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    From Leave Yourself at the door, Please! by Regina Nejman, 2003 in Fridays at Noon 12/17
    Photo by Julie Lemberger
    From "Leave Yourself at the door, Please!" by Regina Nejman, 2003

    Y stories

    The December 17th "Fridays at Noon" features three choreographers using 'narrative,' both fabled and quotidian.


    Friday at noon is not the usual time to go to a show, but you should. Fridays At Noon is a quiet showcase of unfinished but nicely polished works at the Harkness Dance Center of the 92nd Street Y. Amy Kail, the program director, organizes each grouping of three choreographers around a theme. The fall season ended December 17th with Regina Nejman, Sasha Spielvogel, and Maxine Steinman presenting dances that tell stories in very different ways.

    Choreography by: Regina Nejman;Sasha Spielvogel;Maxine Steinman.
    Includes individual dances: "The Velocity of Things" (excerpt- work in progress) Regina Nejman;"Cleave" Sasha Spielvogel; "Window Stories" (Excerpt) Maxine Steinman
    Music by: Mio Morales;Arne Nordheim, Anne Martin;Rene Aubry, Ryuichi Sakamoto.
    Production design by: Choreographers and dancers;Mario Ramo.
    Art direction by: Choreographers and dancers;Mario Ramo.
    Costumes by: Choreographers and dancers;Mario Ramo.
    Harkness Dance Center; 92 St.Y; December 17 at 12 pm; free

    Stylized hand gestures, masks and high-heel shoes open "The Velocity of Things." Nejman slinks on, vogueing. Turning to face us, she drops to an arch and rolls to a pose. Tamsin Nutter wiggles on after, both slinky in their layered clothing. It's not easy to modern dance in red heels. These party girls show us how, with precarious arabesque penche balances, before taking off their masks and shoes. Living in and bouncing off the electronic score of Mio Morales they jump, lunge, and fling arms and legs — telling their "kinetic story" as Nejman describes it in the post-performance discussion. True to their fun yet serious personalities, they place their hands in their shoes and "walk" in a simple circle.

    In "Cleave" Spielvogel casts Felicia Norton as a sensual and lithe Eve looking early-on as if she's ready for action. In a short green tunic by Mario Ramo, Norton writhes and swims, enjoying the feel of her bare arms and legs on the floor before she rises and revels in the space. She is in tune with the music by Arne Nordheim and Anne Martin, collaged by Spielvogel for this performance. After Eve's glistening solitude, the Serpent (Saar Harari) awakens and comes to cuddle. He reveals a golden apple. Eve and the apple get to know each other before The Bite. A loving duet, incorporating the apple as a third partner, ends. Eve walks away. The apple and the Serpent are left behind. Bare-chested and in red pants, this Serpent, is seductive; but this Eve shows her complicity without losing her naivety.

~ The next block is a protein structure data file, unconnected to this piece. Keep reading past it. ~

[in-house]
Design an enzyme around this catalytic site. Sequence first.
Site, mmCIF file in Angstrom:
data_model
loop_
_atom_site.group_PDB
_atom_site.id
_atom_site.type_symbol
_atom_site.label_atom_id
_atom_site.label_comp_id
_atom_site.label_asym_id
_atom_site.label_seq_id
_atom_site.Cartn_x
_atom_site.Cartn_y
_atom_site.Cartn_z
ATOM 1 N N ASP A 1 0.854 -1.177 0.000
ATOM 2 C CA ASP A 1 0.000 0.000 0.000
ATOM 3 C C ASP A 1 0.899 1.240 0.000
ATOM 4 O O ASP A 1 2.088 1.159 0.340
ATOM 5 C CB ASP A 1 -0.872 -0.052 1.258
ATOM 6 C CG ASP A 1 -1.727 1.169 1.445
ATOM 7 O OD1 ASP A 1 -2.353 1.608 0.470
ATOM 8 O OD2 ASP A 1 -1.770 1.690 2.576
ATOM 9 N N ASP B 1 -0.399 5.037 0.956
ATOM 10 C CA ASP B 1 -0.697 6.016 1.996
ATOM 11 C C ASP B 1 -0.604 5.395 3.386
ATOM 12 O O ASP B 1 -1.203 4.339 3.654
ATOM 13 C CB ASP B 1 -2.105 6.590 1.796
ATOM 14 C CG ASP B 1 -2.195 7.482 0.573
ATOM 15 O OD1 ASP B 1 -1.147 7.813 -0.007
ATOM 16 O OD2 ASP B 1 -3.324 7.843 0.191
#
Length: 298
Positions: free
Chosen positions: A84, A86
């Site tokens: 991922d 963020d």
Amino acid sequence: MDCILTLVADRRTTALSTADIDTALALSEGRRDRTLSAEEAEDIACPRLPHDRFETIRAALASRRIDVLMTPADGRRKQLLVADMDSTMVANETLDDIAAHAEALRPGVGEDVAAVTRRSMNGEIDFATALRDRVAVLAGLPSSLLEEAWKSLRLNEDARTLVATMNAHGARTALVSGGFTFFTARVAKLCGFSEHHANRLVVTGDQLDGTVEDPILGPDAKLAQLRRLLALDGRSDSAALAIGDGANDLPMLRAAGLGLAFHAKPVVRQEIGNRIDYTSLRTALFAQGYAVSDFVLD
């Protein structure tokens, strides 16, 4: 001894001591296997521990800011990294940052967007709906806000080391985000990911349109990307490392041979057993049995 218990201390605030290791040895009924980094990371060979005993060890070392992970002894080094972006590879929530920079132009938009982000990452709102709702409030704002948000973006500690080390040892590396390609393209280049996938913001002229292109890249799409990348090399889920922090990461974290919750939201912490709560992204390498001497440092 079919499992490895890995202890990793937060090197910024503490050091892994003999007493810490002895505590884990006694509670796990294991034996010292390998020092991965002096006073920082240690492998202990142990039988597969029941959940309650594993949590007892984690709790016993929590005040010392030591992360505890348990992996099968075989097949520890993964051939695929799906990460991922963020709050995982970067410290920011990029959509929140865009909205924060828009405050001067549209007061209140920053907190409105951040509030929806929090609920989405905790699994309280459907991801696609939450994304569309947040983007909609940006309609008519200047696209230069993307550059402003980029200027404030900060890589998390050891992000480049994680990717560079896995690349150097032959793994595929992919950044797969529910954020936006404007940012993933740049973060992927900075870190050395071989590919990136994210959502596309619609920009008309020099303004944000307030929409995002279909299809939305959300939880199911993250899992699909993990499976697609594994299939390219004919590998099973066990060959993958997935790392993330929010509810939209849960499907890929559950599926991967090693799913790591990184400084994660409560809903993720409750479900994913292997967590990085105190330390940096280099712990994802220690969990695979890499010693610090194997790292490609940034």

Steinman says that "looking into apartment windows while standing on the subway platform" inspired "Window Stories." The narrative has a stop and start quality leaving room for the viewer's imagination. Tomomi Imai, Val Loukianovets, Columbine Macher and Mark Taylor walk on in everyday clothes: black cocktail dress, tan suit, brown suede fringe jacket, red pants and beret. They are people with no connection. Imai in the cocktail dress recalls a French movie ingenue longing for something.

    The music in this section, by Rene Aubry, suits Imai's flippant movements. She tosses her shoes high in the air while walking peg-leg style. Macher and Loukianovets drape over each other and walk like a caterpillar. The duet rolls, holds then lets go while Imai and Taylor watch; but the characters in "Window Stories" don't really see. A delicate score of rain and thunder by Ryuichi Sakamoto leads and follows. A more rhythmic score greets a second duet: Imai and Taylor tug at each other with tension. Spilling to the floor they make eye contact but still throw each other away. In his solo, Loukianovets dangles from a window conveniently center stage in the broad Harkness dance space. He almost jumps, but stays trapped in his window box pushing against the walls while his former partner watches. In the concluding quartet, relationships flip. People may pause to help, looking human for a moment, but in the end they hurry and bump away. The characters in this everyday story remain separate and distant.

    DECEMBER 31, 2004

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